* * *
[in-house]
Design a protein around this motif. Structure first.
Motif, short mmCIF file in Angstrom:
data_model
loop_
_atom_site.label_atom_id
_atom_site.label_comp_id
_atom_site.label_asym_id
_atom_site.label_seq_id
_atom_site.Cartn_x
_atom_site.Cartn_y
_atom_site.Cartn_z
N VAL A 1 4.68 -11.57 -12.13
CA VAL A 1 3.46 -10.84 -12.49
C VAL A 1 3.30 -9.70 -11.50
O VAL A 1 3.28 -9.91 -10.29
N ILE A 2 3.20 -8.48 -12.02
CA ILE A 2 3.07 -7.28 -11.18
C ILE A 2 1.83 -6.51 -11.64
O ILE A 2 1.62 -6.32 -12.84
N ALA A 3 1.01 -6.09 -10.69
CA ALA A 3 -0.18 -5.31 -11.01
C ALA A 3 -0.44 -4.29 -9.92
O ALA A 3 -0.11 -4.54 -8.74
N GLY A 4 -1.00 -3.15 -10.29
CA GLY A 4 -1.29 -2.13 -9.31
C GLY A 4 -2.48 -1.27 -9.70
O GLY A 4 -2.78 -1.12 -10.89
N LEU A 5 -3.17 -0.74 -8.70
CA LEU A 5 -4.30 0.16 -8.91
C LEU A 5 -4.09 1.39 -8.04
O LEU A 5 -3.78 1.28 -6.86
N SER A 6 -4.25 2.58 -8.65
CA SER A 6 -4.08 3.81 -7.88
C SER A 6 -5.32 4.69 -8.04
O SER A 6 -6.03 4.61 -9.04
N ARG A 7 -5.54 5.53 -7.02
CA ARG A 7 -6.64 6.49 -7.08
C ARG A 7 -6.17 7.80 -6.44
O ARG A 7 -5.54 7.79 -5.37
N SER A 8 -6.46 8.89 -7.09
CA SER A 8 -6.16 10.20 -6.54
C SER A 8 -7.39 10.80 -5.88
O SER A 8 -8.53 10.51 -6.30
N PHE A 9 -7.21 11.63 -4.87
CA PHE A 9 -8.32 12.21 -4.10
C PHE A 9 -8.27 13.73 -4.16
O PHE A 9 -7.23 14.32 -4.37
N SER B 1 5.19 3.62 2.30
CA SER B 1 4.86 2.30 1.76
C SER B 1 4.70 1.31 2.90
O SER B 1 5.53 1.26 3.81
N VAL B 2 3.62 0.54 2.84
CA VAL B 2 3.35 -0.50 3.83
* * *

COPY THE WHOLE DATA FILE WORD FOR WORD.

[in-house]
Design a protein around this motif. Structure first.
Motif, short mmCIF file in Angstrom:
data_model
loop_
_atom_site.label_atom_id
_atom_site.label_comp_id
_atom_site.label_asym_id
_atom_site.label_seq_id
_atom_site.Cartn_x
_atom_site.Cartn_y
_atom_site.Cartn_z
N VAL A 1 4.68 -11.57 -12.13
CA VAL A 1 3.46 -10.84 -12.49
C VAL A 1 3.30 -9.70 -11.50
O VAL A 1 3.28 -9.91 -10.29
N ILE A 2 3.20 -8.48 -12.02
CA ILE A 2 3.07 -7.28 -11.18
C ILE A 2 1.83 -6.51 -11.64
O ILE A 2 1.62 -6.32 -12.84
N ALA A 3 1.01 -6.09 -10.69
CA ALA A 3 -0.18 -5.31 -11.01
C ALA A 3 -0.44 -4.29 -9.92
O ALA A 3 -0.11 -4.54 -8.74
N GLY A 4 -1.00 -3.15 -10.29
CA GLY A 4 -1.29 -2.13 -9.31
C GLY A 4 -2.48 -1.27 -9.70
O GLY A 4 -2.78 -1.12 -10.89
N LEU A 5 -3.17 -0.74 -8.70
CA LEU A 5 -4.30 0.16 -8.91
C LEU A 5 -4.09 1.39 -8.04
O LEU A 5 -3.78 1.28 -6.86
N SER A 6 -4.25 2.58 -8.65
CA SER A 6 -4.08 3.81 -7.88
C SER A 6 -5.32 4.69 -8.04
O SER A 6 -6.03 4.61 -9.04
N ARG A 7 -5.54 5.53 -7.02
CA ARG A 7 -6.64 6.49 -7.08
C ARG A 7 -6.17 7.80 -6.44
O ARG A 7 -5.54 7.79 -5.37
N SER A 8 -6.46 8.89 -7.09
CA SER A 8 -6.16 10.20 -6.54
C SER A 8 -7.39 10.80 -5.88
O SER A 8 -8.53 10.51 -6.30
N PHE A 9 -7.21 11.63 -4.87
CA PHE A 9 -8.32 12.21 -4.10
C PHE A 9 -8.27 13.73 -4.16
O PHE A 9 -7.23 14.32 -4.37
N SER B 1 5.19 3.62 2.30
CA SER B 1 4.86 2.30 1.76
C SER B 1 4.70 1.31 2.90
O SER B 1 5.53 1.26 3.81
N VAL B 2 3.62 0.54 2.84
CA VAL B 2 3.35 -0.50 3.83